Life in Nauvoo the Beautiful

Church History in the Fulness of Times Teacher Manual, (2001), 38–39


  1. 1.

    The Saints were directed to gather to Nauvoo and build up the area.

  2. 2.

    Under the direction of the Prophet, the Saints in Nauvoo began to prosper in temporal, social, intellectual, and spiritual affairs.

    Suggested Approaches

  • Discuss with students the doctrine of gathering to Nauvoo. The following points may be helpful:

    • The Prophet Joseph Smith taught that the greatest temporal and spiritual blessings are achieved through obedience to God and united effort rather than by individual exertion (see History of the Church, 4:272; note that this is part of the same proclamation quoted in the student manual on p. 241).

    • The Prophet also taught that the primary purpose of the gathering was to build a temple (see Joseph Smith, Teachings of the Prophet Joseph Smith, sel. Joseph Fielding Smith [Salt Lake City: Deseret Book Co., 1976], pp. 307–8).

  • Illustrate the influence that the gospel can have to improve the quality of life as the Saints cooperate to build stakes of Zion. The following ideas may help you teach this concept:

    • Demonstrate that the teachings of the Lord’s prophets have inspired the Saints to improve their temporal and spiritual environment as they seek to build Zion.

    • The Lord’s people prosper as they obey gospel principles. Prosperity is good if the Saints remember the Lord as the source of their prosperity and do not forsake him.

  • Discuss some of the practices in Nauvoo that have become hallmarks of the Church, such as education, involvement in government, love of culture and beauty, and community projects.

    Theme Sources

  • History of the Church, 4–5.

    Both of these volumes are devoted to the Nauvoo period.

  • Comprehensive History of the Church, 2:40–92, 111–25.

  • Readings in LDS Church History, 1:350–79, 413–20.

  • Kenneth W. Godfrey, “Some Thoughts Regarding an Unwritten History of Nauvoo,” Brigham Young University Studies, Summer 1975, pp. 417–24.

    A study taken from the diaries and journals of Nauvoo residents describing how they lived, raised their children, and made their living.

    Additional Sources

  • J. Earl Arrington, “William Weeks, Architect of the Nauvoo Temple,” Brigham Young University Studies, Spring 1979, pp. 337–60.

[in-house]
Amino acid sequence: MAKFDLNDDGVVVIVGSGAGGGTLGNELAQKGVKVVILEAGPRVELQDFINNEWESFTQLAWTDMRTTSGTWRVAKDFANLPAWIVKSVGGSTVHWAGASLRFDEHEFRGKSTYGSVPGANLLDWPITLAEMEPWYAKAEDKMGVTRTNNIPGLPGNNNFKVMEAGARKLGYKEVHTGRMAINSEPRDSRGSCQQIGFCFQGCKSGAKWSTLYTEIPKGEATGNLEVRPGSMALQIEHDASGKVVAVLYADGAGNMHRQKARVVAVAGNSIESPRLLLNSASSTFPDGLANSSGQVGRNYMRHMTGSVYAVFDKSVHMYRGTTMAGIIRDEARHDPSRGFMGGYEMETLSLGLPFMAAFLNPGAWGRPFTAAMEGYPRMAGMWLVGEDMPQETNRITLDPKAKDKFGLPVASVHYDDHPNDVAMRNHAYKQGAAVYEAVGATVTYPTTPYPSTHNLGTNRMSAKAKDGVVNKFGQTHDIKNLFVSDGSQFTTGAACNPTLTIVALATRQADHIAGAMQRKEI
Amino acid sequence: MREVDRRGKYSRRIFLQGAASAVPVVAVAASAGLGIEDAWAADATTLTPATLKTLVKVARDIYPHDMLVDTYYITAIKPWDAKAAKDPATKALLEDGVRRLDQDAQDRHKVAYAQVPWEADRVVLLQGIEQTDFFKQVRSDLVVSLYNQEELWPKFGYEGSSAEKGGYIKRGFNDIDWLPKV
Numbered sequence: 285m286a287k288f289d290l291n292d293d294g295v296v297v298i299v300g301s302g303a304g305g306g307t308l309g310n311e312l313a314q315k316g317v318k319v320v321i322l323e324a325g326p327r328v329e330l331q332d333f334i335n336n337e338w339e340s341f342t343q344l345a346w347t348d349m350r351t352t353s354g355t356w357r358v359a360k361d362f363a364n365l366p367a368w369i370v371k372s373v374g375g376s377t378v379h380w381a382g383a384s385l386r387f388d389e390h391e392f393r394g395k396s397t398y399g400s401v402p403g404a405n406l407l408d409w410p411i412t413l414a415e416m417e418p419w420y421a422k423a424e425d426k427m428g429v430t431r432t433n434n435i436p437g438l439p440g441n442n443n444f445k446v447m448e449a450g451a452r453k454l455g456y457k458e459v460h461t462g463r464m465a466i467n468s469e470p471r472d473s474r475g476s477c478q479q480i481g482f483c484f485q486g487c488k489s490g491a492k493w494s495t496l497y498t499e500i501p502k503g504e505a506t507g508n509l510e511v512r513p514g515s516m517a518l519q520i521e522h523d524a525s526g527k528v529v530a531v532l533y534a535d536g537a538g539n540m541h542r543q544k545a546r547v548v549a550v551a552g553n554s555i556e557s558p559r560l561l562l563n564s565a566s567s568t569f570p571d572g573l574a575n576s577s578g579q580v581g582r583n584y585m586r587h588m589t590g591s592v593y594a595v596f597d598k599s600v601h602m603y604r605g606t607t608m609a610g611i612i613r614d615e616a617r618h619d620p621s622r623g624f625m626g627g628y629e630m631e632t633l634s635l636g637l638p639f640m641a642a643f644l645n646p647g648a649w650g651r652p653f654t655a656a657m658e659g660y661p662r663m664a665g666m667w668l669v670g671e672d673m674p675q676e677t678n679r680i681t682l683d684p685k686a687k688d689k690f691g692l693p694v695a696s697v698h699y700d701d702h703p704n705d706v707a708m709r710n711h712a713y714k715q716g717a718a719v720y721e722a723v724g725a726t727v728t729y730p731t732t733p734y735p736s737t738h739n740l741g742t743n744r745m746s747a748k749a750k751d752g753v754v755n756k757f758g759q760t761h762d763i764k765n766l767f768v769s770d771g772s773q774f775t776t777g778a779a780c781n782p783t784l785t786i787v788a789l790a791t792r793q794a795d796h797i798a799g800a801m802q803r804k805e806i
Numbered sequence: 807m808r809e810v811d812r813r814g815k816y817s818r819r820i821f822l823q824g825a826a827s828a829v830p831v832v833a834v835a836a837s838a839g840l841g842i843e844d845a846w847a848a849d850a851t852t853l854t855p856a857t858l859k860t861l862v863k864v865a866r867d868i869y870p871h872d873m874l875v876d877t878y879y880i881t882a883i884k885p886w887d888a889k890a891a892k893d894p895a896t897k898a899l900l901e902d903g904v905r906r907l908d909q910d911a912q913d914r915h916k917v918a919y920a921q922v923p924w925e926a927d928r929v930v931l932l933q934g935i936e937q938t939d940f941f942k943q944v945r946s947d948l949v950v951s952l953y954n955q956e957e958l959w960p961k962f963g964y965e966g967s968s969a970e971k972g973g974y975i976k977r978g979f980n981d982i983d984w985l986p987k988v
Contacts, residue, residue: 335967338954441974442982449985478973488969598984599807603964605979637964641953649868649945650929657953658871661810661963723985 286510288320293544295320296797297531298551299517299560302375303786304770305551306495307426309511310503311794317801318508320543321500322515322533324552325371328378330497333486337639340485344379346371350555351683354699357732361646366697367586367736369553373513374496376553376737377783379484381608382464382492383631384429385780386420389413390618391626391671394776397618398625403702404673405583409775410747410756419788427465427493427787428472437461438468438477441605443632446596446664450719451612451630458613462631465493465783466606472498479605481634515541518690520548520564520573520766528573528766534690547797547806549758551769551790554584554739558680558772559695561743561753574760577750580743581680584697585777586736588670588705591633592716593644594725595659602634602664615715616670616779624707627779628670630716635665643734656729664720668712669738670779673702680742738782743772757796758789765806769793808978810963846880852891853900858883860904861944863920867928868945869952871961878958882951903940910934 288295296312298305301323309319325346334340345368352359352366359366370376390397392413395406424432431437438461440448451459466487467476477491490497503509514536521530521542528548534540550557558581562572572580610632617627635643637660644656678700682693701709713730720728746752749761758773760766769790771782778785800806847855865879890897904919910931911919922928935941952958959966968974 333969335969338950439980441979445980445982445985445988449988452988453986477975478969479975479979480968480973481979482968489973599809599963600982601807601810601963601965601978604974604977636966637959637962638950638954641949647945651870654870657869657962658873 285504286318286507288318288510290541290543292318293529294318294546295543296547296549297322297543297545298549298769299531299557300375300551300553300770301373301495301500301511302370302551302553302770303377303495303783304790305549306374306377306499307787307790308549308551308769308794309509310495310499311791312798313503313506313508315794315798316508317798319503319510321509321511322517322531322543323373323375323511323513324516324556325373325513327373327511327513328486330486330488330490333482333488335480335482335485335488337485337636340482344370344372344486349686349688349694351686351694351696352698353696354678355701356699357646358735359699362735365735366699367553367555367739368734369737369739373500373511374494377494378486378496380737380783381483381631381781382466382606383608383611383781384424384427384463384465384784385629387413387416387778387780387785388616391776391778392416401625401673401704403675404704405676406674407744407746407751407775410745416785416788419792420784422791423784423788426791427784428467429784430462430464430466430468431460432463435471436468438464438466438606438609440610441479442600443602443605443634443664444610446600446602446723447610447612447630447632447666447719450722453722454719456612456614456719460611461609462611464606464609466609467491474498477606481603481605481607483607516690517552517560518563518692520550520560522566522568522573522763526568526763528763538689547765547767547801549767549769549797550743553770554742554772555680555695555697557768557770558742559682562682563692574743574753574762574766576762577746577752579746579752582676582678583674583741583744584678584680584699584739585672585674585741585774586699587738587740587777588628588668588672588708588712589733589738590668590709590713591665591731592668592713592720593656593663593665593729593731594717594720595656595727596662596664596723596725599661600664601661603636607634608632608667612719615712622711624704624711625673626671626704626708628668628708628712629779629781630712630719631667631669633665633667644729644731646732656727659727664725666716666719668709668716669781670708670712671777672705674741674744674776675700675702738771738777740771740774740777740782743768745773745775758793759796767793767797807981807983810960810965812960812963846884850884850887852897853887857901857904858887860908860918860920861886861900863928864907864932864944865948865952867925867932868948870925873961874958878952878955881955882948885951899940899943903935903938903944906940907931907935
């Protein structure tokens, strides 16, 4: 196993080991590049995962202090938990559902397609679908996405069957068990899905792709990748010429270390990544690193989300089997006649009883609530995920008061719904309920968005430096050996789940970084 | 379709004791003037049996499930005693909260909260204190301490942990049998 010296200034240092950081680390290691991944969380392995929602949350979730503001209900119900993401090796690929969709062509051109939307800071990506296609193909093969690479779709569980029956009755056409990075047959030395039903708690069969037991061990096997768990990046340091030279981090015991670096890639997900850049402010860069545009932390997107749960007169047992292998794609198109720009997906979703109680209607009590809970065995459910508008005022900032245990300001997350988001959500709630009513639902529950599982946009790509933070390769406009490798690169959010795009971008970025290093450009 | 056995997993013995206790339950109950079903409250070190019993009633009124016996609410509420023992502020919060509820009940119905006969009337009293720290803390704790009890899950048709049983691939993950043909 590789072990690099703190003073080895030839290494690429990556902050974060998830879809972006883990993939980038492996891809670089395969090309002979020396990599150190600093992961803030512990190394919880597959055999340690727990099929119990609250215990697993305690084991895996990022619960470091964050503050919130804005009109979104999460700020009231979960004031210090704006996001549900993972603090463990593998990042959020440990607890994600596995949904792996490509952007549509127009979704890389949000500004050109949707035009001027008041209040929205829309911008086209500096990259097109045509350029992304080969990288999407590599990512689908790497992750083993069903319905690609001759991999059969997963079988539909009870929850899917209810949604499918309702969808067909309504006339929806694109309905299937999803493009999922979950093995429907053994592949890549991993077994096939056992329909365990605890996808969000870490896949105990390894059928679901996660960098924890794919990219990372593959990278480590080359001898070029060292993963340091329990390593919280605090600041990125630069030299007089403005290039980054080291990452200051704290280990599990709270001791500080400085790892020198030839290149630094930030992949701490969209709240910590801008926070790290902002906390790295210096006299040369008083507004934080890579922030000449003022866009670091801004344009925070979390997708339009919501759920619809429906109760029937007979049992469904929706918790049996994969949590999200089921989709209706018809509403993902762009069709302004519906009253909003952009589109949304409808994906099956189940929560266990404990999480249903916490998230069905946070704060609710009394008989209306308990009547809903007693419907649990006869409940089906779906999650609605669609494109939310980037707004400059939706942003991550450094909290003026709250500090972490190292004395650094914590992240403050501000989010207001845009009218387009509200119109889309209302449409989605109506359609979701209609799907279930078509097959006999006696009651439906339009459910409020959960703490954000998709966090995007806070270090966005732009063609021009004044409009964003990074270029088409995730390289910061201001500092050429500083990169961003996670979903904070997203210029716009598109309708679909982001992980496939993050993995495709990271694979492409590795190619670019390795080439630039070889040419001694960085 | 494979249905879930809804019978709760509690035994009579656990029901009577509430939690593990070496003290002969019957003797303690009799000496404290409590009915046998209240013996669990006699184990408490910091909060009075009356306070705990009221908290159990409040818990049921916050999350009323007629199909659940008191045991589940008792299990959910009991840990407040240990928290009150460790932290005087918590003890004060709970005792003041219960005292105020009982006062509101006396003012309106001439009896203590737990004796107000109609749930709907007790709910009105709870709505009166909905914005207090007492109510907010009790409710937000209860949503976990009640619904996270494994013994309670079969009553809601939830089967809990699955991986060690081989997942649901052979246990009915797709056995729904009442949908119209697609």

Chronicle of the life of William Weeks and his work on the Nauvoo Temple.

  • Stanley Buchholz Kimball, “The Nauvoo Temple,” Improvement Era, Nov. 1963, pp. 974–82.

    A brief but detailed account of the construction and architecture of the Nauvoo Temple accompanied by a reconstruction drawing.

  • Donald Q. Cannon, “Spokes on the Wheel: Early Latter-day Saint Settlements in Hancock County, Illinois,” Ensign, Feb. 1986, pp. 62–68.

    At least seventeen communities in Hancock County with significant Latter-day Saint population have been identified and classified as either major, minor, or missionary towns. The article gives some detail on Ramus, LaHarpe, and Yelrome.

  • Donald L. Enders, “Platting the City Beautiful: A Historical and Archaeological Glimpse of Nauvoo Streets,” in “Notes and Comments,” Brigham Young University Studies, Spring 1979, pp. 409–15.

    Nauvoo was intended to be an ideal community with broad streets, lovely buildings, and beautiful surroundings. Historical and archaeological investigations, however, have demonstrated that the community fell short of the ideal. Rapid increase of population, poverty, weather, and geography were some of the factors that forced modification of the original plan.

  • Donald L. Enders, “The Steamboat Maid of Iowa: Mormon Mistress of the Mississippi,” Brigham Young University Studies, Spring 1979, pp. 321–35.

    An introduction to the importance of Mississippi riverboat traffic in the nineteenth century. This article shows that riverboats were vital to the growth and development of Nauvoo. The Maid of Iowa, owned by Dan Jones and Joseph Smith, enriched the cultural, social, political, and economic life of Nauvoo.

  • Kenneth W. Godfrey, “A Note on the Nauvoo Library and Literary Institute,” in James B. Allen, ed., “The Historians Corner,” Brigham Young University Studies, Spring 1974, pp. 386–89.

    A brief discussion of Nauvoo’s library and literary institute, its origin, activities, and books, including a list of fifty books donated by the Prophet Joseph Smith.

  • T. Edgar Lyon, “Recollections of ‘Old Nauvooers’ Memories from Oral History,” Brigham Young University Studies, Winter 1978, pp. 143–50.

    A collection of stories and vignettes of life in Nauvoo as related by Salt Lake Twentieth Ward old-timers.